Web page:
Christopher Carroll with an evidence based rebuttal to the "risk-is-holy view" advocating a free market, hands off approach to the financial crisis, and a call for the Fed to do what it always does in a crisis, manage the price of risk (which means going beyond measures such as the purchase of long-term government securities and taking risky assets onto the Fed's balance sheet):
Punter of last resort, Christopher D. Carroll, Vox EU: The financial meltdown that shifted into high gear last September has flushed into public view many surprising facts. One of the strangest is the existence, in the economics profession, of a bizarre religious cult. This cult adheres to the dogma that the “price of risk” is the Holy of Holies that can properly be set only by the immaculate invisible hand of the financial marketplace; and cult members seem to believe, to paraphrase President Lincoln from a rather different context, that “If the Market wills that the economic crisis continue until every dollar of economic activity created by the taking of risk shall be repaid by another dollar destroyed by a newfound fear of risk, so it still must be said that the judgments of the Market are true and righteous altogether.”
The deep origins of the cult, as always, are obscure; presumably they lie properly in the field of psychoanalysis. But to the extent that overt origins can be traced, the wellspring is the literature that attempts to explain the Mehra and Prescott (1985) ‘equity premium puzzle.’ The ‘puzzle,’ in a nutshell, is that asset prices have not, historically, exhibited a relationship between risk and return that is easy to reconcile with the rational behavior of a representative agent facing perfect markets. Many of the responses to this challenge start with the assumption that asset prices must be always and everywhere rational, and then proceed to work out the kind of preferences or environment that can rationalize observed prices. This game brings to mind Joan Robinson’s comment that “utility maximization is a metaphysical concept of impregnable circularity,” and Larry Summers’s remark (quoted by Robert Waldmann) that the day when economists first started to think that asset prices should be explained by the characteristics of a representative agent’s utility function was not a particularly good day for economic science. Oddly, even the failure of this literature to produce a widely agreed solution to the ‘puzzle’ does not seem to have weakened participants’ belief in the soundness of the intellectual framework within which asset prices are a puzzle.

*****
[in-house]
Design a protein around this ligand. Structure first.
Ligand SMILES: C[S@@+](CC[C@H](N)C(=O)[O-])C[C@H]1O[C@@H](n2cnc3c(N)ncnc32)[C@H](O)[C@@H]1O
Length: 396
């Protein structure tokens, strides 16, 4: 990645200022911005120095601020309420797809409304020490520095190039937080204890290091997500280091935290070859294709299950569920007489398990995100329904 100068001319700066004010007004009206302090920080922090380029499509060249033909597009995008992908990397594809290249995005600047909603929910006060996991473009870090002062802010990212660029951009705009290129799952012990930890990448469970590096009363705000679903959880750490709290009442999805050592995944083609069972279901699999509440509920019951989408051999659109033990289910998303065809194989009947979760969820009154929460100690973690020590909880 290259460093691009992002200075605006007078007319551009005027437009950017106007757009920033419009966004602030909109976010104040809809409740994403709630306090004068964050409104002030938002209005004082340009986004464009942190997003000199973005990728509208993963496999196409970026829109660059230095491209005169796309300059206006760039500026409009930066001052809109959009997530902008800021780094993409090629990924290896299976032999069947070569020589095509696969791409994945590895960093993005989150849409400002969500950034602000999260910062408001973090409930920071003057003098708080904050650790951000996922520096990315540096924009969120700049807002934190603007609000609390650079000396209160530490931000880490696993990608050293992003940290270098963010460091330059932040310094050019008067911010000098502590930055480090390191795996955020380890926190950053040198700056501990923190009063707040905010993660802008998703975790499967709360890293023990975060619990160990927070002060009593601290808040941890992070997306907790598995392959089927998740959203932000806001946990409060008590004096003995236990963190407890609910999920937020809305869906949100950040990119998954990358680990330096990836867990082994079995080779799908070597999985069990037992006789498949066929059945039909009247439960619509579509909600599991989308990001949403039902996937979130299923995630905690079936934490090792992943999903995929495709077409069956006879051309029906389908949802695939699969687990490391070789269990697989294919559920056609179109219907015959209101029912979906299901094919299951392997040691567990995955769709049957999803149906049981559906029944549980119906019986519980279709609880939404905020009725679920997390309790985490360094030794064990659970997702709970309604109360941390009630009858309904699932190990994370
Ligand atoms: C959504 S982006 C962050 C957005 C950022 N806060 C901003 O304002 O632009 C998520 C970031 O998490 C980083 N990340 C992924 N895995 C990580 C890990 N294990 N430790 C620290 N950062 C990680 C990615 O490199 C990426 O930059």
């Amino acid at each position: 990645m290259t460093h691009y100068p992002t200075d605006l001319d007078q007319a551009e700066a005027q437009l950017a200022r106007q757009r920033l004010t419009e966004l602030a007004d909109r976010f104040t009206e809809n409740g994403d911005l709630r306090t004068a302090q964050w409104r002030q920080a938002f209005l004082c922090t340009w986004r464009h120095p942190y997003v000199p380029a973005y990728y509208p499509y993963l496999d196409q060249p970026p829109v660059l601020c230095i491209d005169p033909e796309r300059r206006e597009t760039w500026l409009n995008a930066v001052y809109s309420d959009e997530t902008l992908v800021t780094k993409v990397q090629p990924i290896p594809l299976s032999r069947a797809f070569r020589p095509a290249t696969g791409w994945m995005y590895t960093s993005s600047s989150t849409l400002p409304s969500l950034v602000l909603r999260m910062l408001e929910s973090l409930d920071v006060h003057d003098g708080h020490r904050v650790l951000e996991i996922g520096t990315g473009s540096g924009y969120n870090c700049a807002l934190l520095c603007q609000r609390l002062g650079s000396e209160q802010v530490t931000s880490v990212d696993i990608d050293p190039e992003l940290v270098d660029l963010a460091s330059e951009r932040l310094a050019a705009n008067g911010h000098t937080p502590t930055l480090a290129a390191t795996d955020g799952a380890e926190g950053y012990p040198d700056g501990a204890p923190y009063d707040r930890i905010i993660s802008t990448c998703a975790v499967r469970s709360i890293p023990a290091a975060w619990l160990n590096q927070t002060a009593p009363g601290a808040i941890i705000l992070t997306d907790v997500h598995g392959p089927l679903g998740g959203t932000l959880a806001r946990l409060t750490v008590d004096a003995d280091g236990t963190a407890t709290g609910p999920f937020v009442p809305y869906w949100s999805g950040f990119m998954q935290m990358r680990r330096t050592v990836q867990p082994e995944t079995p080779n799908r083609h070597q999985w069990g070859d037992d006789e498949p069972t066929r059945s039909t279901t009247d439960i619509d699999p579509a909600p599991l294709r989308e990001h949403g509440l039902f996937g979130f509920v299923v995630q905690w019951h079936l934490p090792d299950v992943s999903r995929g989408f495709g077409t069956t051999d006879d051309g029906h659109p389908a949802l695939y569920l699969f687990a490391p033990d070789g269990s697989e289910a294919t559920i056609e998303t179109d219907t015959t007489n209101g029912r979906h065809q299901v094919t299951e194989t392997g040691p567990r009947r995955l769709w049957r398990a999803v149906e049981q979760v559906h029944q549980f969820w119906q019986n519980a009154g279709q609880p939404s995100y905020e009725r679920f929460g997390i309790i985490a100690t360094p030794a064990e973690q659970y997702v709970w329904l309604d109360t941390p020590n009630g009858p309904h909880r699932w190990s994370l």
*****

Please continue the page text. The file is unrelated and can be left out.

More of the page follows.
Nor does the assumption that asset prices are always and everywhere perfect reflect the actual past practice of economic policymaking during crises. As DeLong (2008) has recently reminded those of us who are susceptible to the lessons of history (see also Kindleberger (2005)), the “lender of last resort” role of the central bank has always been, during a panic, to short-circuit the catastrophic economic effects of a collapse of financial confidence (in today’s terminology, ‘an increase in the price of risk’).1
Some economists, of course, view narrative history in the DeLong and Kindleberger mode as irrelevant to the practice of their science; they prefer hard numbers to mere narrative. For the numerically inclined, however, Figures 1a and 1b should be persuasive; they show that controlling a market price of risk is something the Federal Reserve has done since it first opened up shop. The top figure depicts a measure of what we are now pleased to call the ‘risk-free’ rate of interest in the United States – essentially, the shortest-term interbank lending rate for which data are available (on a consistent basis) from before and after the founding of the Fed.2 Figure 1b shows the month-to-month changes in this interest rate. The only reason this rate is now viewed as ‘risk-free’ is that the Fed takes away the risk.3
...Let’s put it this way: Simple calculations show that the current price of risk as measured by corporate bond spreads amounts to a forecast that about 40 percent of corporate America will be in bond default in the near future.5 The only circumstance under which this is remotely plausible is if government officials turn these dire forecasts into a self-fulfilling prophecy by failing to intervene forcefully in a way that quells the existential terror currently afflicting the markets. While I realize that some economists (and some politicians) might be willing even to undergo another Great Depression as the steep price of clinging to their faith, those of us who do not share that faith should not have to suffer such appalling consequences.
Of particular interest are the interest rate charts showing monthly interest rates before the advent of central banking. These make a pretty good argument in favor of quantitative easing strategies as part of a recovery policy.